Conservation group Sea Shepherd has claimed victory after a four-month pursuit of the toothfish poaching vessel Thunder
Anti-poaching group Sea Shepherd are claiming victory in a four-month pursuit of an illegal fishing vessel, which came to a sudden end in the Southern Ocean.
Thunder sank off the coast of São Tomé earlier this month after all 40 poachers abandoned ship into a series of liferafts.
This dramatic episode signalled the end of the 11,533-mile chase, which is believed to be the longest on record.
Capt. Peter Hammarstedt, who was on board Sea Shepherd’s vessel MV Bob Barker at the time of the sinking, believes that it was an intentional act of sabotage.
“Usually when a vessel is sinking, the captain will close all hatches so as to maintain buoyancy,” he explains.
“However, on the Thunder, the reverse was done – doors and hatches were tied open and the fishhold was opened. It is an incredibly suspicious situation, to say the least.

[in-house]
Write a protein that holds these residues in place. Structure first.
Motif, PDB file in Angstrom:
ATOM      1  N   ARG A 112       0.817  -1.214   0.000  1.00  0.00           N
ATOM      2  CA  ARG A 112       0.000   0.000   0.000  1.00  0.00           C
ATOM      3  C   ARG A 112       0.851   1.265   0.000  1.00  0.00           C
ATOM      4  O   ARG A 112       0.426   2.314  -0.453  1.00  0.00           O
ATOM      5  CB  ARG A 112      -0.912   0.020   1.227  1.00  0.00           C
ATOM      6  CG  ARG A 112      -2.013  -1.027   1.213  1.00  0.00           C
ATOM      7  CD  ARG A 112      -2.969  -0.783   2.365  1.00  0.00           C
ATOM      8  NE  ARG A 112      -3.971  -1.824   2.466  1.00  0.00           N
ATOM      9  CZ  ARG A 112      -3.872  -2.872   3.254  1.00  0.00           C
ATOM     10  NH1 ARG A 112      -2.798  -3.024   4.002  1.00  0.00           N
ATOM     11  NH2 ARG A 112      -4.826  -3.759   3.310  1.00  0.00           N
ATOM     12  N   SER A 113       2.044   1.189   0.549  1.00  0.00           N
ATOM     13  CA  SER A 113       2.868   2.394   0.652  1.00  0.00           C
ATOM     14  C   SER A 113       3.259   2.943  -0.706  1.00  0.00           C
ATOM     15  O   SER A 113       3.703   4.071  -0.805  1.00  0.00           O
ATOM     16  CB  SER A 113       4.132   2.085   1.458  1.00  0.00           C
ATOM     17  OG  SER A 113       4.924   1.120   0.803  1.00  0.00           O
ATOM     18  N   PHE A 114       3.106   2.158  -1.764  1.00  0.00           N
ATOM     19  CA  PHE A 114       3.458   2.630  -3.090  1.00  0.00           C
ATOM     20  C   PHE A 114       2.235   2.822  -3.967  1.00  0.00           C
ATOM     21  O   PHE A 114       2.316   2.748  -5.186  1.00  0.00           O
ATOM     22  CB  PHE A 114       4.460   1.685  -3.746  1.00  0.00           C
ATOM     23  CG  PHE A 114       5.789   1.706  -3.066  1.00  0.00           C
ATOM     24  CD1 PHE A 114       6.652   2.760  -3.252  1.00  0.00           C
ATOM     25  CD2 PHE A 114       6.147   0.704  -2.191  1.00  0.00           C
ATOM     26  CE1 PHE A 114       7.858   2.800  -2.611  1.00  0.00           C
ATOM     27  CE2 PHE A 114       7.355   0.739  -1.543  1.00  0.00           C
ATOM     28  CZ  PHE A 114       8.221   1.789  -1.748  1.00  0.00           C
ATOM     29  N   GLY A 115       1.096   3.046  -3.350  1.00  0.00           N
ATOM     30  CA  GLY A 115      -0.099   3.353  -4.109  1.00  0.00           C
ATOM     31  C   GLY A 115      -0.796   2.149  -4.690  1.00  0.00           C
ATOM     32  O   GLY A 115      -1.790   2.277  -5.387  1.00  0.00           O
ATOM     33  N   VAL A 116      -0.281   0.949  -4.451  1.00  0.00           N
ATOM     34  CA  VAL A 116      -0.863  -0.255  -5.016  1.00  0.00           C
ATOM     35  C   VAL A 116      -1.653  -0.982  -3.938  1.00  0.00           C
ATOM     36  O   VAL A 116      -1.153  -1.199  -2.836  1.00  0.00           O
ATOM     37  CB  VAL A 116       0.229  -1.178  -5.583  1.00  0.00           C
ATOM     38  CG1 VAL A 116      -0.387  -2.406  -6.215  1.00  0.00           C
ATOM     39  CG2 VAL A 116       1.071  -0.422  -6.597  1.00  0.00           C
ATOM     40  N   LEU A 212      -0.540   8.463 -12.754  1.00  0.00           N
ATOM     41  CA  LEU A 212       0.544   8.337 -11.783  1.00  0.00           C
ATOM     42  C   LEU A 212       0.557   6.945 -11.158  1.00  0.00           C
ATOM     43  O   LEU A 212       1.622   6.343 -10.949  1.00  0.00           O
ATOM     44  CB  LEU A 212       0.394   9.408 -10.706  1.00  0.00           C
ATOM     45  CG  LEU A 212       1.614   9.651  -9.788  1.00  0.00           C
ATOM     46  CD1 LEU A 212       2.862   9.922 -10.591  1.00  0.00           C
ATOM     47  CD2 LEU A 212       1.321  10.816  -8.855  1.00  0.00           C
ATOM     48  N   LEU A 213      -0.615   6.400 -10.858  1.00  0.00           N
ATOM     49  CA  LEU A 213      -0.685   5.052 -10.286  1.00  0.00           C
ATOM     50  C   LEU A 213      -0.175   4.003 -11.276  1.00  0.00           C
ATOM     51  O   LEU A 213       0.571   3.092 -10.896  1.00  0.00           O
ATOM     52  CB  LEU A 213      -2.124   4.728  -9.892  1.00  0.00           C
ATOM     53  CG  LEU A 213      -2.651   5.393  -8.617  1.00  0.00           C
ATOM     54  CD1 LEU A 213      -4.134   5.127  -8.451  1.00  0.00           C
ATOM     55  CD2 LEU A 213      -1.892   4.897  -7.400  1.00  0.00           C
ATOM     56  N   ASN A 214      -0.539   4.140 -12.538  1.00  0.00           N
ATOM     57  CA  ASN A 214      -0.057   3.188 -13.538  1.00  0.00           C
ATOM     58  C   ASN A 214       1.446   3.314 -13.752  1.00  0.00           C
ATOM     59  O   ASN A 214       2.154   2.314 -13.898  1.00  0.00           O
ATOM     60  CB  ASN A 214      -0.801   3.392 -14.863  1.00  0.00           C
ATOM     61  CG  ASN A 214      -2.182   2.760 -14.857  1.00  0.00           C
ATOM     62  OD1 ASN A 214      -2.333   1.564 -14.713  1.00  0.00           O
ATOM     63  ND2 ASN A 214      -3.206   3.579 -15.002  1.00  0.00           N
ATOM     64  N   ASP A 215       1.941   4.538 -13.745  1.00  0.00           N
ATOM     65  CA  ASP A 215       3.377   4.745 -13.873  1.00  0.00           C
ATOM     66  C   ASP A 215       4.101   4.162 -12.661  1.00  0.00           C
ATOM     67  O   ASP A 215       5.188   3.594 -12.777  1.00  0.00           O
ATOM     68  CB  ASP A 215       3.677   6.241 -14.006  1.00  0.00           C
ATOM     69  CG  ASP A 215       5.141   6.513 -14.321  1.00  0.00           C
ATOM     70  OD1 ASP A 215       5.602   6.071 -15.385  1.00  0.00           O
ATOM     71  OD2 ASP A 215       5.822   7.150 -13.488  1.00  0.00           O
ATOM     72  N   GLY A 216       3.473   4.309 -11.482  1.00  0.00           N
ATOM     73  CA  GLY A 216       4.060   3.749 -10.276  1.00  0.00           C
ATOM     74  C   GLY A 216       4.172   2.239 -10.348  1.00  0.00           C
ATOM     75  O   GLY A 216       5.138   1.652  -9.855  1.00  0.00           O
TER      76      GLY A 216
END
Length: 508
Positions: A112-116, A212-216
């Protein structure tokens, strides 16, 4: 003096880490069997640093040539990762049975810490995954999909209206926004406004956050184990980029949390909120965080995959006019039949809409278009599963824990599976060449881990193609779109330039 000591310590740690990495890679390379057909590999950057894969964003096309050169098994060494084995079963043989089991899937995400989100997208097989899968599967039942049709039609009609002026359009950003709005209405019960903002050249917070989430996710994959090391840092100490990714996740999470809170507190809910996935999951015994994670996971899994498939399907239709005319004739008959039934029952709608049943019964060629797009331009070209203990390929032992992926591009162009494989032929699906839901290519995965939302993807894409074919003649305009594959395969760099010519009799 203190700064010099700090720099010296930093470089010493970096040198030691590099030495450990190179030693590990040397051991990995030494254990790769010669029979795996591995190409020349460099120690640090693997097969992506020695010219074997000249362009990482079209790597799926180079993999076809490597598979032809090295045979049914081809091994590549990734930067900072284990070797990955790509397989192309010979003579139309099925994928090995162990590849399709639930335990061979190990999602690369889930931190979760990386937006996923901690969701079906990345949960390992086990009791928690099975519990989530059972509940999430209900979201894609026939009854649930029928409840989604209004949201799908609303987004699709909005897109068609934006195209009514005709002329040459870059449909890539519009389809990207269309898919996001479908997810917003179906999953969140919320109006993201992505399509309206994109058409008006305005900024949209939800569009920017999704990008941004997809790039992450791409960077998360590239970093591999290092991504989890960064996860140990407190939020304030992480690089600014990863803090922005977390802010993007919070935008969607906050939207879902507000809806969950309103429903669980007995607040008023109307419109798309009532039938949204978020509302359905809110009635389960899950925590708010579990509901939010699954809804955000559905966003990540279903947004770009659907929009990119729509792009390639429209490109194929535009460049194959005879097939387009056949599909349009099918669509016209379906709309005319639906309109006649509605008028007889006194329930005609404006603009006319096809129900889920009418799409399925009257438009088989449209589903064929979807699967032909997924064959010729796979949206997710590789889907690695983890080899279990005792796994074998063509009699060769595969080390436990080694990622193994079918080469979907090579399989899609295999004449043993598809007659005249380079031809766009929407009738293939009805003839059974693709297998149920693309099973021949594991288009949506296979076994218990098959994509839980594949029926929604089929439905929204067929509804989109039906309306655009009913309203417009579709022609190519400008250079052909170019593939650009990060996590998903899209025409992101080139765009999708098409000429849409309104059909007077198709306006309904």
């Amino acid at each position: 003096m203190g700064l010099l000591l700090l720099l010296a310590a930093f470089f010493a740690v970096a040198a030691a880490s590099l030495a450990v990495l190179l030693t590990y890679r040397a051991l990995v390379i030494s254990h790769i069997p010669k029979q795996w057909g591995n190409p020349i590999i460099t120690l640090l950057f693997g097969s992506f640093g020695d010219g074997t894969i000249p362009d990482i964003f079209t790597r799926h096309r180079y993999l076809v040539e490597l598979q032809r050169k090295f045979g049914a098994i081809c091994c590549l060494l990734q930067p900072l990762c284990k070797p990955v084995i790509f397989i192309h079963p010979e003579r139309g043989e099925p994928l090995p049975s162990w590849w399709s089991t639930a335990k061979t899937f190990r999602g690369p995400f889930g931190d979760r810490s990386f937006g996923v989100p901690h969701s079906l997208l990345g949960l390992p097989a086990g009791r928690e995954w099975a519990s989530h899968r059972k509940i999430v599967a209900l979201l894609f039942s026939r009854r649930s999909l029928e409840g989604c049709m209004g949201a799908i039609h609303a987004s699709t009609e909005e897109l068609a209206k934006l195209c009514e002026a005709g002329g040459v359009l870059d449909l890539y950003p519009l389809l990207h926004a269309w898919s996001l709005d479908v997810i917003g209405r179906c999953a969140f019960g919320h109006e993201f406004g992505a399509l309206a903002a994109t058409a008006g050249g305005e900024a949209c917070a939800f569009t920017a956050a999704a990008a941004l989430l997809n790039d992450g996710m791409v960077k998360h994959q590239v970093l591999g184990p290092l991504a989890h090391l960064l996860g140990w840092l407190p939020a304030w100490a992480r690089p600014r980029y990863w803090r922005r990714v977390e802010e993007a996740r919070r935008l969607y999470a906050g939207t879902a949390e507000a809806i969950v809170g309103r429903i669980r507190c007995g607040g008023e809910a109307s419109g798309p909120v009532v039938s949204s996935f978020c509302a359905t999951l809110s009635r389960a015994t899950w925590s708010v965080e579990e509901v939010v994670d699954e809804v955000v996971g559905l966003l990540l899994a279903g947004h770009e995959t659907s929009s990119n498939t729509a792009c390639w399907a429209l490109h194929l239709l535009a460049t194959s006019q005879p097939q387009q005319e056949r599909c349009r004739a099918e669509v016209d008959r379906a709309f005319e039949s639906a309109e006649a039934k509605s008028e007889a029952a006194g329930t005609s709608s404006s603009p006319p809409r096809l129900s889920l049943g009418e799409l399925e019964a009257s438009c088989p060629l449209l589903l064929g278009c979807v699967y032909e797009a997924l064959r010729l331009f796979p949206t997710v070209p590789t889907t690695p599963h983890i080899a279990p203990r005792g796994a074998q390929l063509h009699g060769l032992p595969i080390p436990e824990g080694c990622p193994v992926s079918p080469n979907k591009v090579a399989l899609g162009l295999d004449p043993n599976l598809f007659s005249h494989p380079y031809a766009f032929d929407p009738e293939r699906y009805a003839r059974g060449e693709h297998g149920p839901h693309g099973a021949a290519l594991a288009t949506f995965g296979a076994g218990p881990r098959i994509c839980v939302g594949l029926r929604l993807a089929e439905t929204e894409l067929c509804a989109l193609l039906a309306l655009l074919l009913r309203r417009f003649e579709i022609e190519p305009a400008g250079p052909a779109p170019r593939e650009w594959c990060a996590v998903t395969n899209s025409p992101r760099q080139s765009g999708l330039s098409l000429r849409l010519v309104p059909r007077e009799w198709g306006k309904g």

“We have cost the poachers millions of dollars in lost profits and have sent a very clear message to those that remain: poaching will not be tolerated in the waters of Antarctica.”
Sea Shepherd had been pursuing Thunder since December as part of their Operation Icefish campaign to crack down on toothfish poaching in the Southern Ocean.
In an attempt to escape their pursuers, the crew of Thunder jettisoned 72km of illegal fishing gear on Christmas Day, which was later retrieved by Sea Shepherd’s MV Sam Simon.
The confiscated gear, which included gillnets, was handed over to the relevant authorities in Mauritius, and this prompted Interpol to issue its first ever Purple Notice against a fishing vessel.
The chase finally came to an end on Friday April 10, when all 40 poachers were successfully rescued from their liferafts using Humber Ocean Pro 6.3m RIBs and later handed over to the São Tomé and Príncipe coastguard.
To watch the sinking of poaching vessel Thunder, click on the video above.